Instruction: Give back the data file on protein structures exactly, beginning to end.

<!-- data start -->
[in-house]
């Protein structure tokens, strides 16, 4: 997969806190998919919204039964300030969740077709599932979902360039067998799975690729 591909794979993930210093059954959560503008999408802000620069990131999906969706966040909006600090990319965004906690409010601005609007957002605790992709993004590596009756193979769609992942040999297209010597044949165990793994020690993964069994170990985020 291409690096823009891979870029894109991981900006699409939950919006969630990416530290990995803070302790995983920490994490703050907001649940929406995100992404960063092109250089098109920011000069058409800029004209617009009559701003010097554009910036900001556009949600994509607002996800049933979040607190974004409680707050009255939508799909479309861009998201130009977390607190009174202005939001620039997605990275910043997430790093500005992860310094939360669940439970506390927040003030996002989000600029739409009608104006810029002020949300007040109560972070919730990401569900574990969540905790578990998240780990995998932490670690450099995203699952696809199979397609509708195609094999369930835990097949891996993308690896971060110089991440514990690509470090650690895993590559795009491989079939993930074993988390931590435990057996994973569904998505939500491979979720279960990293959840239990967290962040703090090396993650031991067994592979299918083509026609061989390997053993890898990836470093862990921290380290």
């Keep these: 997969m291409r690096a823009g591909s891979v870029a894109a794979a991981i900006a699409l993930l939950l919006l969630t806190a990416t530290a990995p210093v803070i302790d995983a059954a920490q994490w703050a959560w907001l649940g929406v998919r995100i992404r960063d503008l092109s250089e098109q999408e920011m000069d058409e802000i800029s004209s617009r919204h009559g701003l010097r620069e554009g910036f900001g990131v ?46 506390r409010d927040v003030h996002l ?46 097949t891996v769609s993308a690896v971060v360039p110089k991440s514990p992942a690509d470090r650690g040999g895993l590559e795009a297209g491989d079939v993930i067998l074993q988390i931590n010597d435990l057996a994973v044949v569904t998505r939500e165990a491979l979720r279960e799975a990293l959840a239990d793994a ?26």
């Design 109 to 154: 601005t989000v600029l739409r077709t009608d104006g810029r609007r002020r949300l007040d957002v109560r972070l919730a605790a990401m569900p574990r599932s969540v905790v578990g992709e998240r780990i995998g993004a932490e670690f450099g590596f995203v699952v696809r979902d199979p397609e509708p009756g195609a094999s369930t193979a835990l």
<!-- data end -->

[in-house]
């Protein structure tokens, strides 16, 4: 997969806190998919919204039964300030969740077709599932979902360039067998799975690729 591909794979993930210093059954959560503008999408802000620069990131999906969706966040909006600090990319965004906690409010601005609007957002605790992709993004590596009756193979769609992942040999297209010597044949165990793994020690993964069994170990985020 291409690096823009891979870029894109991981900006699409939950919006969630990416530290990995803070302790995983920490994490703050907001649940929406995100992404960063092109250089098109920011000069058409800029004209617009009559701003010097554009910036900001556009949600994509607002996800049933979040607190974004409680707050009255939508799909479309861009998201130009977390607190009174202005939001620039997605990275910043997430790093500005992860310094939360669940439970506390927040003030996002989000600029739409009608104006810029002020949300007040109560972070919730990401569900574990969540905790578990998240780990995998932490670690450099995203699952696809199979397609509708195609094999369930835990097949891996993308690896971060110089991440514990690509470090650690895993590559795009491989079939993930074993988390931590435990057996994973569904998505939500491979979720279960990293959840239990967290962040703090090396993650031991067994592979299918083509026609061989390997053993890898990836470093862990921290380290």
């Keep these: 997969m291409r690096a823009g591909s891979v870029a894109a794979a991981i900006a699409l993930l939950l919006l969630t806190a990416t530290a990995p210093v803070i302790d995983a059954a920490q994490w703050a959560w907001l649940g929406v998919r995100i992404r960063d503008l092109s250089e098109q999408e920011m000069d058409e802000i800029s004209s617009r919204h009559g701003l010097r620069e554009g910036f900001g990131v ?46 506390r409010d927040v003030h996002l ?46 097949t891996v769609s993308a690896v971060v360039p110089k991440s514990p992942a690509d470090r650690g040999g895993l590559e795009a297209g491989d079939v993930i067998l074993q988390i931590n010597d435990l057996a994973v044949v569904t998505r939500e165990a491979l979720r279960e799975a990293l959840a239990d793994a ?26």
């Design 109 to 154: 601005t989000v600029l739409r077709t009608d104006g810029r609007r002020r949300l007040d957002v109560r972070l919730a605790a990401m569900p574990r599932s969540v905790v578990g992709e998240r780990i995998g993004a932490e670690f450099g590596f995203v699952v696809r979902d199979p397609e509708p009756g195609a094999s369930t193979a835990l």